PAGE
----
Newswise — New York, New York – Research to Prevent Blindness (RPB), the leading eye research foundation, is providing $500,000 to accelerate the development of treatments for Retinitis Pigmentosa (RP) -- a family of retinal diseases that progressively create extreme tunnel vision, loss of night vision and leave affected patients legally blind by the age of 40. The funds are being awarded to five nationally prominent RP investigators.
"Recent breakthroughs in gene therapy that reverse vision loss in certain RP patients have given us all hope that treatments for other forms of RP are within reach," says Diane S. Swift, Chair of RPB’s Board of Trustees. “While we have funded RP research for decades, the restoration of sight in these young people is so dramatic, and the developments in gene therapy so promising, that we felt focused investments in key RP researchers at this crucial time could hasten life-changing treatments."
The five recipients of the RPB Nelson Trust Award for Retinitis Pigmentosa were selected after rigorous review by multiple RPB advisory panels comprised of outstanding scientists and chairs of departments of ophthalmology from across the country. “The award was originally conceived to produce at least one grant annually for the next eight to nine years,” says Brian F. Hofland, PhD, RPB President, “but we realized that the exceptional pool of applicants – truly some of the nation's foremost retina investigators – created an opportunity for us to make an immediate impact. It's an unusual application of endowed funds for us, but we are seizing the moment to push this promising science toward the goal."
Each of the RPB Nelson Trust Award awardees will receive $100K in flexible support to pursue novel projects.
Vadim Arshavsky, PhD, Duke University has made seminal discoveries related to the process by which light is converted into electrical signals in the photosensitive cells of the retina. He will focus on a newly discovered common risk factor for RP and the development of a possible treatment for multiple forms of RP that arise from different mutations. (Visit the Arshavsky Lab.) (More about Dr. Arshavsky.)
Wolfgang Baehr, PhD, University of Utah is frequently described as the leading retinal biochemist and molecular biologist of our era. His multifaceted studies will apply cutting edge genetic tools to address broad mechanisms shared by many forms of RP, creating new models for therapeutic study and developing new treatments. (Visit the Baehr Lab.) (More about Dr. Baehr.)
David M. Gamm, MD, PhD, University of Wisconsin is one of the undisputed leaders in stem cell research relevant to age-related macular degeneration. He intends to develop a rod-replacement-therapy for RP using human induced pluripotent stem cells, which can be created from a patient’s own skin cells. (More on Dr. Gamm and stem cell research – video.)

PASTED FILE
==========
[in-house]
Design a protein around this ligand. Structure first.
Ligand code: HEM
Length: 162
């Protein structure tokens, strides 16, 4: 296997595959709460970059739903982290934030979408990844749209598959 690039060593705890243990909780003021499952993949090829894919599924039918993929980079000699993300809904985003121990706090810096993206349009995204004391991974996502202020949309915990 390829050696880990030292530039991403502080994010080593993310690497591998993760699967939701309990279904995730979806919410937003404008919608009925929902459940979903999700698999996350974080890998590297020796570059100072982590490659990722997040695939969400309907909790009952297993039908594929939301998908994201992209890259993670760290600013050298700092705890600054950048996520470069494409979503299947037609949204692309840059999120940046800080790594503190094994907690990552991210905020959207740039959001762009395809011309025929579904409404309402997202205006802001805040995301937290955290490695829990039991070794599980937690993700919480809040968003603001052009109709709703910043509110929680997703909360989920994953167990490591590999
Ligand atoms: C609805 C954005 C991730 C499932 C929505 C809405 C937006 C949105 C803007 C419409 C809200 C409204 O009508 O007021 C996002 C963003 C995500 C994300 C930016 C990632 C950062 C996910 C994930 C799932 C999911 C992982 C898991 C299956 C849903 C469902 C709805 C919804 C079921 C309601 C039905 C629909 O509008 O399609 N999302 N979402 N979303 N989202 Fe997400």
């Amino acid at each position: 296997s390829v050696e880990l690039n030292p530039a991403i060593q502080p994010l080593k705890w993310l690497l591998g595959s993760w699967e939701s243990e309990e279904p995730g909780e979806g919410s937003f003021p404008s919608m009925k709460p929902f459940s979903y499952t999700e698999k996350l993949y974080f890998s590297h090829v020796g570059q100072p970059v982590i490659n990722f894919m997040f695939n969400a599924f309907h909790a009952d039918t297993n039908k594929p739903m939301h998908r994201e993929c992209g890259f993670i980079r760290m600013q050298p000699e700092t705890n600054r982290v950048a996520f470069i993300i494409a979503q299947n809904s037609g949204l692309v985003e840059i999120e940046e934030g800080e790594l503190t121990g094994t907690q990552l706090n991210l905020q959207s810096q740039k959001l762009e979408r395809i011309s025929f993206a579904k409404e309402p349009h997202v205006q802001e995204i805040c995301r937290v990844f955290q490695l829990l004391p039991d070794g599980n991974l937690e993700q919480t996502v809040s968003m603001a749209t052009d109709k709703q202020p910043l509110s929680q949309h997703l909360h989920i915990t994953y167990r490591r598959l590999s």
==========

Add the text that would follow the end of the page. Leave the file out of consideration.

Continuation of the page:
Eric A. Pierce, MD, PhD, Harvard University is one of the leading investigators in RP research and has recently identified a possible genetic cause of RP. Dr. Pierce’s studies will provide a path to developing a gene therapy for diseases caused by mutations in this gene. (Visit the Pierce lab.)
Donald J. Zack, MD, PhD – The Johns Hopkins University has tested over 10,000 compounds in order to develop candidate drugs for the treatment of RP. His efforts will focus on one of the most promising of these molecules, PhPZ, to better define its mechanism of action, to further optimize its activity and to continue screening for newer and better neuroprotective molecules.
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RPB's mission is to preserve and restore vision by supporting research to develop treatments, preventives and cures for all conditions that damage and destroy sight. Since it was founded in 1960, RPB has channeled more than $316 million into eye research. As a result, RPB has been identified with nearly every major breakthrough in vision research in that time. The Nelson Trust was established at RPB to support basic and clinical research related to the control and prevention of retinitis pigmentosa.
Retinitis pigmentosa is a family of inherited, progressively degenerative retinal diseases that includes Usher syndrome, Leber’s congenital amaurosis, rod-cone disease, Bardet-Biedl syndrome, and Refsum disease.